Each of these is tailored to meet a specific need. Most, but not all, planning products require compliance with the National Environmental Policy Act (NEPA). NEPA requires federal agencies to fully consider the environmental impacts of their proposed actions before they make any decision to undertake those actions. Click on the link in Additional Resources for a list of many of the NPS planning products and studies.

Issues and Challenges

Flip chart with writing
Flip Chart from Public Meeting, Yosemite National Park
  • Meeting the needs of visitors while also protecting natural and cultural resources.
  • Providing visitor enjoyment opportunities to conflicting user groups (e.g., fishermen and boaters wanting to use the same area in a coastal park).
  • Outlining future desired conditions for resources and visitor enjoyment and receiving the funding to meet those conditions.
  • Getting the different programs (i.e., interpretation and education, natural resources, cultural resources, facilities, business services, visitor and resource protection, fire, etc.) to come together as an interdisciplinary team and respecting each programs’ needs and mission. Planning should be a collaborative process across all the programs.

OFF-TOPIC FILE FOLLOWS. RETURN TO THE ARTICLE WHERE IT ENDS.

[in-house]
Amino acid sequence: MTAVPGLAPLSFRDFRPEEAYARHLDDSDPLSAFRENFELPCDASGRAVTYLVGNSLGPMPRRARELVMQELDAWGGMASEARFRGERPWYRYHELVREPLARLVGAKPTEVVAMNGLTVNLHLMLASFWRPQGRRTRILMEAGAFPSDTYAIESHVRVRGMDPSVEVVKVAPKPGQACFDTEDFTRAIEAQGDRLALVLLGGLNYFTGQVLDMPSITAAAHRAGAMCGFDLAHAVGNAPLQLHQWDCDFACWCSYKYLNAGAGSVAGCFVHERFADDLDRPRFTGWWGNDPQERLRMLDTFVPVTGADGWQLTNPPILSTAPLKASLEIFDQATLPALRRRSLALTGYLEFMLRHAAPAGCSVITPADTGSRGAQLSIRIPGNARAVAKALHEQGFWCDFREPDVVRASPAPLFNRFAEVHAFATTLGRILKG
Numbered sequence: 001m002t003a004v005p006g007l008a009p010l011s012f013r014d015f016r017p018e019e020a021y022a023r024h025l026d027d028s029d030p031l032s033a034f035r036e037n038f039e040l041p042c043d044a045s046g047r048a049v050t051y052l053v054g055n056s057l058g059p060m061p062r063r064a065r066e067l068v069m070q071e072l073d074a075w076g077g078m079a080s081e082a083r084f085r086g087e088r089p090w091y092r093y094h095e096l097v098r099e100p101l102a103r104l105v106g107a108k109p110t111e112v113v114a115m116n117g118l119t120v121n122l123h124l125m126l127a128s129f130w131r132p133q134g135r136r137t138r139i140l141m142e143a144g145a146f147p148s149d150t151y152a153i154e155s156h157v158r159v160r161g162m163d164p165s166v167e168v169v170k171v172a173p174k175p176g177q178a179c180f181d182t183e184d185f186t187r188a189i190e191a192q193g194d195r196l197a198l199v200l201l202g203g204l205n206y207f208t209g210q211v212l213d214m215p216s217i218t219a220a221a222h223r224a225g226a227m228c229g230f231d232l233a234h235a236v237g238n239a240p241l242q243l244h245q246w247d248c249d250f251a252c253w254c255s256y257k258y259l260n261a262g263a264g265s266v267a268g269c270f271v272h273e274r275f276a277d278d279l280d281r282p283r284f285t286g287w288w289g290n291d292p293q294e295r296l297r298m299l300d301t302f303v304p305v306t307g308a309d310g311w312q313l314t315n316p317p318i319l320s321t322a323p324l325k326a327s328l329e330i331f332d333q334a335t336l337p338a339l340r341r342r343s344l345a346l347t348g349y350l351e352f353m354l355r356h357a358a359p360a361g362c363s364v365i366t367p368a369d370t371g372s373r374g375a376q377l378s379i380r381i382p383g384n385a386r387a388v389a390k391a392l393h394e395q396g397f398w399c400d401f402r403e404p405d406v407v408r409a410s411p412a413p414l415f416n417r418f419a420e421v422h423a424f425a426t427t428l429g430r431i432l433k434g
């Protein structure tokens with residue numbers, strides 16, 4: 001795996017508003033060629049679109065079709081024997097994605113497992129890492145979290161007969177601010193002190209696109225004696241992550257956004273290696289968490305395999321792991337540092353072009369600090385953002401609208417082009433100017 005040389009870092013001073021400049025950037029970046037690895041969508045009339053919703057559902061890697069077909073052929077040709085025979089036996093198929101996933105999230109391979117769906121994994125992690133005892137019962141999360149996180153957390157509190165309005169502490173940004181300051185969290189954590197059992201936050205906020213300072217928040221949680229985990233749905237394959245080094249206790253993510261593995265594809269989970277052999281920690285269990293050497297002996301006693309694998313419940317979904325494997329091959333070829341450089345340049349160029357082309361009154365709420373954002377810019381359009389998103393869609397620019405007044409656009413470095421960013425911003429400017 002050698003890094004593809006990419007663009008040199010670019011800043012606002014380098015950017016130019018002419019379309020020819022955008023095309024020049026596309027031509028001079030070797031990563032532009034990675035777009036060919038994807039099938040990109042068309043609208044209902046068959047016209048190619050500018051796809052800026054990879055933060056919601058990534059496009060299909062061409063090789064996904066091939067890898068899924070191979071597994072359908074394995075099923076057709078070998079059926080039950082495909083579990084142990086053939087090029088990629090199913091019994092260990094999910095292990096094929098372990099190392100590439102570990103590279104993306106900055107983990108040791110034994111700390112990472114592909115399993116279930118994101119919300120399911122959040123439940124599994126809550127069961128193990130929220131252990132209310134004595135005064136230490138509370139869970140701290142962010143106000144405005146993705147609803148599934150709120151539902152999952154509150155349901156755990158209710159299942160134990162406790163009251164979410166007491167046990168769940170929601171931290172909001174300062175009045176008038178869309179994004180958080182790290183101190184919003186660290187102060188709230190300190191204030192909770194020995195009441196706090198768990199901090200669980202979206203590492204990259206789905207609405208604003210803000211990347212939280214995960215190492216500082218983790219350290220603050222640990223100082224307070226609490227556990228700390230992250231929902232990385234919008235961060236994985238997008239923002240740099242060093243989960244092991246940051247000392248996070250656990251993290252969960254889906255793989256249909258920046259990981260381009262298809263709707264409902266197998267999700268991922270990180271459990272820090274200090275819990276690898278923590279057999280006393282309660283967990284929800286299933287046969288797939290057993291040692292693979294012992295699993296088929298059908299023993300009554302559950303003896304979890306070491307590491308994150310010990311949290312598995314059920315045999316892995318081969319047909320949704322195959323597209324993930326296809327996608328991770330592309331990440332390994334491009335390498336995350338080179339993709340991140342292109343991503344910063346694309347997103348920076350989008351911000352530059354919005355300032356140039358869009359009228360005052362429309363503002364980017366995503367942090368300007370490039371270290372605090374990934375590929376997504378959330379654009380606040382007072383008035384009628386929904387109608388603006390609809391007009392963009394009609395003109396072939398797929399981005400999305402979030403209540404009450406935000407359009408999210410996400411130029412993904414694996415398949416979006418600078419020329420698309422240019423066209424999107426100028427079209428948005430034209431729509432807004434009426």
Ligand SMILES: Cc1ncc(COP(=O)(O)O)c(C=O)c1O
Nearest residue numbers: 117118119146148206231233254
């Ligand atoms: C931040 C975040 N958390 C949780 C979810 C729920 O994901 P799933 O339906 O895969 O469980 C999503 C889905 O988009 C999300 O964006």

• Being able to meet park and program needs within the new planning framework.

Additional Resources

Several NPS offices and programs do planning. Some examples include:

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  3. What did you find useful about them? Planning frameworks are REALLY important to help planners stay on task and focused. this is a great start.

    What were your take-aways? Though I’ve been at a park for a few years, I have rarely seen distant aimpoint planning. It’s too easy to get caught up in the issue du jour.
    Was there anything you found surprising? That NPS had a framework.
    What lingering questions do you have? Thinking through the best way to use this framework to help us guide our planning locally.

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  5. I like the “Framework For Park Planning” graphic, especially the circular arrow with “monitor” on the bottom. Which implies a dynamic process; make a plan, implement a plan, monitor impact, make adjustments to the plan and so on.